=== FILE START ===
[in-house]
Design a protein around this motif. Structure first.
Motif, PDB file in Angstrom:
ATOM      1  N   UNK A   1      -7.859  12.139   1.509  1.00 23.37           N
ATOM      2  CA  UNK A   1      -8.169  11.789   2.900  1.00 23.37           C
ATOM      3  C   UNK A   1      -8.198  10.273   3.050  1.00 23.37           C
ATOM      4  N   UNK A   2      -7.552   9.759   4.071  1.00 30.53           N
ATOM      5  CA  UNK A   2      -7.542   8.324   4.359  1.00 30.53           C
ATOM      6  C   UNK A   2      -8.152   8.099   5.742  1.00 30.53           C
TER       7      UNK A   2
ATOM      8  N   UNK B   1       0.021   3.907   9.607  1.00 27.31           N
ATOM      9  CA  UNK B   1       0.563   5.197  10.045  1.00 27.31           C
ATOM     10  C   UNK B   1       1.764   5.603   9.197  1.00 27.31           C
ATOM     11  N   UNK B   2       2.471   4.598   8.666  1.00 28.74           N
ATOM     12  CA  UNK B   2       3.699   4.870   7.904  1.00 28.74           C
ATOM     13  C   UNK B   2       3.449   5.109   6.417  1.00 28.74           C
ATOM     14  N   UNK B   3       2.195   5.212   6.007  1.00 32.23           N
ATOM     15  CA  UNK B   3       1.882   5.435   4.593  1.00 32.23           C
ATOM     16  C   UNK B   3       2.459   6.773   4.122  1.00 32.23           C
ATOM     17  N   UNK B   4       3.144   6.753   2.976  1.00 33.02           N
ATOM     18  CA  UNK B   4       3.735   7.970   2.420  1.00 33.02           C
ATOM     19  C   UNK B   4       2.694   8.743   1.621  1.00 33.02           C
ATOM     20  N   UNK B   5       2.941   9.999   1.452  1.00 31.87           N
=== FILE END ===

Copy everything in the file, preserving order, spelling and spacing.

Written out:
[in-house]
Design a protein around this motif. Structure first.
Motif, PDB file in Angstrom:
ATOM      1  N   UNK A   1      -7.859  12.139   1.509  1.00 23.37           N
ATOM      2  CA  UNK A   1      -8.169  11.789   2.900  1.00 23.37           C
ATOM      3  C   UNK A   1      -8.198  10.273   3.050  1.00 23.37           C
ATOM      4  N   UNK A   2      -7.552   9.759   4.071  1.00 30.53           N
ATOM      5  CA  UNK A   2      -7.542   8.324   4.359  1.00 30.53           C
ATOM      6  C   UNK A   2      -8.152   8.099   5.742  1.00 30.53           C
TER       7      UNK A   2
ATOM      8  N   UNK B   1       0.021   3.907   9.607  1.00 27.31           N
ATOM      9  CA  UNK B   1       0.563   5.197  10.045  1.00 27.31           C
ATOM     10  C   UNK B   1       1.764   5.603   9.197  1.00 27.31           C
ATOM     11  N   UNK B   2       2.471   4.598   8.666  1.00 28.74           N
ATOM     12  CA  UNK B   2       3.699   4.870   7.904  1.00 28.74           C
ATOM     13  C   UNK B   2       3.449   5.109   6.417  1.00 28.74           C
ATOM     14  N   UNK B   3       2.195   5.212   6.007  1.00 32.23           N
ATOM     15  CA  UNK B   3       1.882   5.435   4.593  1.00 32.23           C
ATOM     16  C   UNK B   3       2.459   6.773   4.122  1.00 32.23           C
ATOM     17  N   UNK B   4       3.144   6.753   2.976  1.00 33.02           N
ATOM     18  CA  UNK B   4       3.735   7.970   2.420  1.00 33.02           C
ATOM     19  C   UNK B   4       2.694   8.743   1.621  1.00 33.02           C
ATOM     20  N   UNK B   5       2.941   9.999   1.452  1.00 31.87           N